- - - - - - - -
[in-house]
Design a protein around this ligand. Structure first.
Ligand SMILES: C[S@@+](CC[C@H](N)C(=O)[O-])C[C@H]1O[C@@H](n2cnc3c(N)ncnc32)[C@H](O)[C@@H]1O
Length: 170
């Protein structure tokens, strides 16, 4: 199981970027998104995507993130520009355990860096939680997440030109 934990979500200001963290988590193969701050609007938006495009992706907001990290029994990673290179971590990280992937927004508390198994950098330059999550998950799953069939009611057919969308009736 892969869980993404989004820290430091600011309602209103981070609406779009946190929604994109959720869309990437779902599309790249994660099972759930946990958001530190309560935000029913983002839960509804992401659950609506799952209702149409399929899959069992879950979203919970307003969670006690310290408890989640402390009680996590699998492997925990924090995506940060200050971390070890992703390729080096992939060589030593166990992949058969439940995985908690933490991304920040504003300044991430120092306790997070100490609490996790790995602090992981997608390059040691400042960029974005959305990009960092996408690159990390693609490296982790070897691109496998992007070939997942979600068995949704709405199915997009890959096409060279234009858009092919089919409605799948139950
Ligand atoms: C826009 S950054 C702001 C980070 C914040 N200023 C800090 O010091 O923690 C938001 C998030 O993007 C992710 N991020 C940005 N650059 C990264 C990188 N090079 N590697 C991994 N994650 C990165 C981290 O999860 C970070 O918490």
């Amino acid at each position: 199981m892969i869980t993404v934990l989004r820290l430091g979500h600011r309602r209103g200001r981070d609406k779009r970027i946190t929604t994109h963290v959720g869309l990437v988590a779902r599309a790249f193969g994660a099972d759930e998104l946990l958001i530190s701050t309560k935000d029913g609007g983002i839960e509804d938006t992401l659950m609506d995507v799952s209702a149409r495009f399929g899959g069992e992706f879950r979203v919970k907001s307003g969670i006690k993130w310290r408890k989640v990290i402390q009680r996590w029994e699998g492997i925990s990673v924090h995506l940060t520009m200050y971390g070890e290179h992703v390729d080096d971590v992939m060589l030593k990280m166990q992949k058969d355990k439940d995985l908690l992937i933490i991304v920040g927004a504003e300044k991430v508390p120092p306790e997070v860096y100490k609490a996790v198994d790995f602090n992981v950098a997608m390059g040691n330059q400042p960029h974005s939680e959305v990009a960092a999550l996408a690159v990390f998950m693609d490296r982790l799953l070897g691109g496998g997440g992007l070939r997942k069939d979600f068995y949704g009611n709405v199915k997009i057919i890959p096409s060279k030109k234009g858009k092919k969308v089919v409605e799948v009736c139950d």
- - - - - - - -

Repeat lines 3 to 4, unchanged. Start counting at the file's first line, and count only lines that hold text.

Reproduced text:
Ligand SMILES: C[S@@+](CC[C@H](N)C(=O)[O-])C[C@H]1O[C@@H](n2cnc3c(N)ncnc32)[C@H](O)[C@@H]1O
Length: 170